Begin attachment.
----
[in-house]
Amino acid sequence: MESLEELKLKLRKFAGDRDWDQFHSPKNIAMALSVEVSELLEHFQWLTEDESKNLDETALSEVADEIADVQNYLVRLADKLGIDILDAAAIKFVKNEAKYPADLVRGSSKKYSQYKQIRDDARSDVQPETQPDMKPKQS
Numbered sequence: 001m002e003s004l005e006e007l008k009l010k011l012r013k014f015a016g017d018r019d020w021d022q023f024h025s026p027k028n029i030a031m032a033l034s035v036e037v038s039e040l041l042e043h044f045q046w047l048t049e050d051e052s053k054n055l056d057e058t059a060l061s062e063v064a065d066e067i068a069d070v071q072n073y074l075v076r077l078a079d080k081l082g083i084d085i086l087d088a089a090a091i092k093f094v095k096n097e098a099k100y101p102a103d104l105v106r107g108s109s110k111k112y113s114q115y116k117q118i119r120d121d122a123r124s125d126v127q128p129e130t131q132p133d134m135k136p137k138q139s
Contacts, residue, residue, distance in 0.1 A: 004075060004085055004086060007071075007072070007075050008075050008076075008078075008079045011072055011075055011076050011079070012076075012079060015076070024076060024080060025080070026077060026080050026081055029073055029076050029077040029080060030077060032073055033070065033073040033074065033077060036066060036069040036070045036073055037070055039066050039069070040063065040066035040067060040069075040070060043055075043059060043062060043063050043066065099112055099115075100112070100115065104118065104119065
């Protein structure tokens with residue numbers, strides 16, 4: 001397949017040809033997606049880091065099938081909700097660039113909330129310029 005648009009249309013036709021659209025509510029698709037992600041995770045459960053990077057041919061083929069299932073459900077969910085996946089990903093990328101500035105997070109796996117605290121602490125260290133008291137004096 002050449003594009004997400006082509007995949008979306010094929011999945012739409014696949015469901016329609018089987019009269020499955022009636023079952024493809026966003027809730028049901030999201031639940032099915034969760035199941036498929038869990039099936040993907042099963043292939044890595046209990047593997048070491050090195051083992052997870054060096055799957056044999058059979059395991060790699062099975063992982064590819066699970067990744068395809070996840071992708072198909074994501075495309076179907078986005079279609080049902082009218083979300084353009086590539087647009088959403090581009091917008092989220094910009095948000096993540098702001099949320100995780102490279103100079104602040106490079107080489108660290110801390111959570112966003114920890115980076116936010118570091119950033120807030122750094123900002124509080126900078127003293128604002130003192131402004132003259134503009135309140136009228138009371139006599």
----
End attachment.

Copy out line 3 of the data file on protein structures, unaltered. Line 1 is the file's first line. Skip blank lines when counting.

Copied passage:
Numbered sequence: 001m002e003s004l005e006e007l008k009l010k011l012r013k014f015a016g017d018r019d020w021d022q023f024h025s026p027k028n029i030a031m032a033l034s035v036e037v038s039e040l041l042e043h044f045q046w047l048t049e050d051e052s053k054n055l056d057e058t059a060l061s062e063v064a065d066e067i068a069d070v071q072n073y074l075v076r077l078a079d080k081l082g083i084d085i086l087d088a089a090a091i092k093f094v095k096n097e098a099k100y101p102a103d104l105v106r107g108s109s110k111k112y113s114q115y116k117q118i119r120d121d122a123r124s125d126v127q128p129e130t131q132p133d134m135k136p137k138q139s